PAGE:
Earlier this week, Google announced - via the Chromium Blog - that it would be dropping support for the H.264 video codec in HTML5 video in upcoming releases of Chrome. Instead, the search-giant will be encouraging sites to use its own WebM container format and the VP8 and Theora codecs for web-based video files.
The reason for the move essentially came down to one of openness - WebM and Theora are open source, whereas H.264 is a proprietary standard which requires royalties to be paid by anyone using it professionally. However, H.264 is by far one of the most widely used video formats on the web, and this move means that Chrome users will have to download a plug-in to watch videos using it. Flash videos using the codec and watched in Chrome will obviously still work as normal.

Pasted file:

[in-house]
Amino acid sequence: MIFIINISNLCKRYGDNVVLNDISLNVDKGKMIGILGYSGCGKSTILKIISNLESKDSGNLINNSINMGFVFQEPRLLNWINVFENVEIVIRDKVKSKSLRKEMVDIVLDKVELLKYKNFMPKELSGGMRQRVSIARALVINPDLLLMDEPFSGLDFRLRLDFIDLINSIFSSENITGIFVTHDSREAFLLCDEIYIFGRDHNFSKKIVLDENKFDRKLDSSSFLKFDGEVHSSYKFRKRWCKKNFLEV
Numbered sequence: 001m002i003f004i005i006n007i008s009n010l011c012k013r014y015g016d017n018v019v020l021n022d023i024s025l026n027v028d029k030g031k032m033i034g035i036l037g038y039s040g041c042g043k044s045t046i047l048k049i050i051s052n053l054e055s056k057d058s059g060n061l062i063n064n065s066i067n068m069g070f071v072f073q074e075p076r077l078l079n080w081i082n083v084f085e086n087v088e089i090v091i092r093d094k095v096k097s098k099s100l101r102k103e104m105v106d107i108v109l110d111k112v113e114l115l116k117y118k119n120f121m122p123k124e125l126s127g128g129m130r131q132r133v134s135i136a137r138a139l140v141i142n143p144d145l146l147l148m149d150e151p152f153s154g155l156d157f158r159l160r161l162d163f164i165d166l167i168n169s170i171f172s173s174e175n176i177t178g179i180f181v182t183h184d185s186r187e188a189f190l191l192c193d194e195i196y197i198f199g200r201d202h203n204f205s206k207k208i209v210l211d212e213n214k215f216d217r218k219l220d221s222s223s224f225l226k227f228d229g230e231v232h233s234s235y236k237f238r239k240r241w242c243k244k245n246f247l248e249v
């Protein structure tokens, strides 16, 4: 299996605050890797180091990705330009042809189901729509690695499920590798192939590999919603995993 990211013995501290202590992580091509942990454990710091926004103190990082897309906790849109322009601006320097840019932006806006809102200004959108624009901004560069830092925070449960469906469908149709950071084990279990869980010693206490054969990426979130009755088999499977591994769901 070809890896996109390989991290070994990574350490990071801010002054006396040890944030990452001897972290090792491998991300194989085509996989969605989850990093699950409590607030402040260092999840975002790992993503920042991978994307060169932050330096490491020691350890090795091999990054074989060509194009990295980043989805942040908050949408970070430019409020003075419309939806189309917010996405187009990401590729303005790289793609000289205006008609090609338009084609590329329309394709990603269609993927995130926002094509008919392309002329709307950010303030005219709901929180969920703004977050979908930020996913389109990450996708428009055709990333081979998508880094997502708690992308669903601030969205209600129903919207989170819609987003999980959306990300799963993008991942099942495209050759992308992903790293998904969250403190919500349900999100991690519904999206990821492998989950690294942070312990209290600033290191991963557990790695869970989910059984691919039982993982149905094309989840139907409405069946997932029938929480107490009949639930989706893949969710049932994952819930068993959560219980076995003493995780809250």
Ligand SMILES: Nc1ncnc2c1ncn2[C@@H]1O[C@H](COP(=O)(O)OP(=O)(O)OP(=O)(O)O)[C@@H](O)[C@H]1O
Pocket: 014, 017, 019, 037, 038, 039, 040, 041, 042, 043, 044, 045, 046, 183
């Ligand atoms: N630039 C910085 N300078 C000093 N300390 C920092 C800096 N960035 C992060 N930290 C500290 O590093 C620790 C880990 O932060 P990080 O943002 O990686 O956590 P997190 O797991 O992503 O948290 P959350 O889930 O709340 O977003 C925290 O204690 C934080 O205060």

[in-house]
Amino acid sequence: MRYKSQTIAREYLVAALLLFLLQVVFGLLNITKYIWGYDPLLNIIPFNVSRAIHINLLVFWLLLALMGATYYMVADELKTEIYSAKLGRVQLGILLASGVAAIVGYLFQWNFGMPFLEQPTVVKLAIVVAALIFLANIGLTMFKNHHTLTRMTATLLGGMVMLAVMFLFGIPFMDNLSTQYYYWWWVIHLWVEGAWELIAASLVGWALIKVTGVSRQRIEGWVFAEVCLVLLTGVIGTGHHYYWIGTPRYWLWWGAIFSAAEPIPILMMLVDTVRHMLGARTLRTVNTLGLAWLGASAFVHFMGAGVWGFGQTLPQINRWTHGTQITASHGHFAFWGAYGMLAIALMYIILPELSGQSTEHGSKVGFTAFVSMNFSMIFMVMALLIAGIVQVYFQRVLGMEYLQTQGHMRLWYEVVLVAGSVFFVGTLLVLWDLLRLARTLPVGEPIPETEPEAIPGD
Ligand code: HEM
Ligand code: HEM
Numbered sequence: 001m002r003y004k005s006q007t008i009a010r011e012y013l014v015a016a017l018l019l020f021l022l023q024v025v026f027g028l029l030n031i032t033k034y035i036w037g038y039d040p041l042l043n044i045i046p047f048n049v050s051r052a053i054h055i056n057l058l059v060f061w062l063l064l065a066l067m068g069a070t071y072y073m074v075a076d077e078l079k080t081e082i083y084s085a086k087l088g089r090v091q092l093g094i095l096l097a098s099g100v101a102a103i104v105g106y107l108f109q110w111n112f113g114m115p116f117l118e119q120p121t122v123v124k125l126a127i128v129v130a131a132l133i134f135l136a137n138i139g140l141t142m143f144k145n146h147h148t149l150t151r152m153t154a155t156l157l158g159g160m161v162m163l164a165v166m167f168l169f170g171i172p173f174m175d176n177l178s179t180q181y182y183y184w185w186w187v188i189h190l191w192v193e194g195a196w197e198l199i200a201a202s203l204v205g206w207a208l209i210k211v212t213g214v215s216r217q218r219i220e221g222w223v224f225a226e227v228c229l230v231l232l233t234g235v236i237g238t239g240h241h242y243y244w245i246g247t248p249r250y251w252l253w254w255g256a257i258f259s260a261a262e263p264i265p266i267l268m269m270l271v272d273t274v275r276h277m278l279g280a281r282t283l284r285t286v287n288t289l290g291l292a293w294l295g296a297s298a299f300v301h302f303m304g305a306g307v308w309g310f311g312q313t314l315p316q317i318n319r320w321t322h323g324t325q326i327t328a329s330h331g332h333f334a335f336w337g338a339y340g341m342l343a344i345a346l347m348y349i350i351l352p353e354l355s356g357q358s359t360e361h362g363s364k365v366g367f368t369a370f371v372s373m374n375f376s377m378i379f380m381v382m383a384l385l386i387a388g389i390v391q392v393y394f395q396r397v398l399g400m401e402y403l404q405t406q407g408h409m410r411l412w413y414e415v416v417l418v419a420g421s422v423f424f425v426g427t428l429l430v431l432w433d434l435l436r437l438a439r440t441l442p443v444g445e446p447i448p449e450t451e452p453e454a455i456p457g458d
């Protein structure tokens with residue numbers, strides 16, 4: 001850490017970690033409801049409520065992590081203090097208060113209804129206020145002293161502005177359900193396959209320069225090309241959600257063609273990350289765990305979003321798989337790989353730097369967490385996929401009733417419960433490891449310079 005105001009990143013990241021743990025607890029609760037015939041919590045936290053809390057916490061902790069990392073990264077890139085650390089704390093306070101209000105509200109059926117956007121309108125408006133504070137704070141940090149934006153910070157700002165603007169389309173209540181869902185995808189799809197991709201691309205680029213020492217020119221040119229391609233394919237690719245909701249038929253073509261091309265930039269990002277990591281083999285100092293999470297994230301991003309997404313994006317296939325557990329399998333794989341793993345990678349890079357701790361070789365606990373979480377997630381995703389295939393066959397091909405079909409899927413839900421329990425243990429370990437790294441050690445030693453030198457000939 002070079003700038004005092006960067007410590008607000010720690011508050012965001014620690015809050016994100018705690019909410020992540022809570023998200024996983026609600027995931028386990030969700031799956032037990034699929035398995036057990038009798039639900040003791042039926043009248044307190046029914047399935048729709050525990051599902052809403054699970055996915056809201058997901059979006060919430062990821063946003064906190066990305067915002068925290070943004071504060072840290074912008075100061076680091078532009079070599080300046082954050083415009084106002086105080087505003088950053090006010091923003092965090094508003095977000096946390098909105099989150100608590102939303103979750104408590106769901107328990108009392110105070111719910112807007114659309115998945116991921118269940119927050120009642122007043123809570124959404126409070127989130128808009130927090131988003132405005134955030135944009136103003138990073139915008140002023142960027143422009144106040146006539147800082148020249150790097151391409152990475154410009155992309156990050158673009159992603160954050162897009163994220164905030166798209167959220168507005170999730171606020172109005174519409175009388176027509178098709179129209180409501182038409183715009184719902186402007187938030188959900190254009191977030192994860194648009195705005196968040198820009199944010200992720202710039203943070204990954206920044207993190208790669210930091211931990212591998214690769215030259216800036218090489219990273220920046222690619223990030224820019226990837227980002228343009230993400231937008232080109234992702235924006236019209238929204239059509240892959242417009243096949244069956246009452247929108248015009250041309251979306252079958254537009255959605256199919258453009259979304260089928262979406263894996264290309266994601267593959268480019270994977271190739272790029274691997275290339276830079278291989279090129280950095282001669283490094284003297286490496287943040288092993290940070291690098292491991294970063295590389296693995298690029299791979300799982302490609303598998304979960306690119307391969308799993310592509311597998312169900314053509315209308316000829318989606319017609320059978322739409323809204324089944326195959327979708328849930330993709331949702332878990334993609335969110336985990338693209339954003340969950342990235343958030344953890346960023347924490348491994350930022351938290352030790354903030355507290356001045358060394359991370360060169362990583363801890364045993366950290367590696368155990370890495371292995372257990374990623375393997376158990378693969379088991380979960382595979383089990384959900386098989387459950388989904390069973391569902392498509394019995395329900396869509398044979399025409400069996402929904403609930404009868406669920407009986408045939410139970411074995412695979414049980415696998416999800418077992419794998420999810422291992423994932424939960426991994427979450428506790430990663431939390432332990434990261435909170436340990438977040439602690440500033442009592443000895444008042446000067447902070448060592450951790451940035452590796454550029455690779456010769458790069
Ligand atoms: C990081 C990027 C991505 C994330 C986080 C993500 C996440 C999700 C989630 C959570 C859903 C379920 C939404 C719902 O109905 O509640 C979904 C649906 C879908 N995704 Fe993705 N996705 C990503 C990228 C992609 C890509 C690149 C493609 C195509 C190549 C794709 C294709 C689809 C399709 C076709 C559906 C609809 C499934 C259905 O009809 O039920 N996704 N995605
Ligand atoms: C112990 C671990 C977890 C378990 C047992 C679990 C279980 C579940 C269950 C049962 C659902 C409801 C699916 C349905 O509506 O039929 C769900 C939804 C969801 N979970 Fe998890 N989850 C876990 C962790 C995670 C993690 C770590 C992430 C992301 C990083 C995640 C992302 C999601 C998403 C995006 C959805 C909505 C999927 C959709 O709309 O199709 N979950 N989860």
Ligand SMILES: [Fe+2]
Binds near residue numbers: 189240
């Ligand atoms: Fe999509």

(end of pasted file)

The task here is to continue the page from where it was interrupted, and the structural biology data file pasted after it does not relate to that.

The move has caused a bit of a stir across the web, with H.264 supporters deriding the removal. Microsoft's web evangelist Tim Sneath lampooned the decision by writing ‘an open letter from the President of the United States of Google' and comparing the move to dropping support for English in favour of Esperanto and Klingon.
With HTML5 video still in its relative infancy - at least compared to the juggernaut that is Flash - the entire issue is unlikely to have a major impact in the immediate future. However, with Google's ability to influence the web - especially through its ownership of YouTube - and support for WebM either available or planned in Firefox, Opera, Chrome, IE9 and Adobe Flash, it's possible that H.246's days as a wide-spread web standard could be numbered.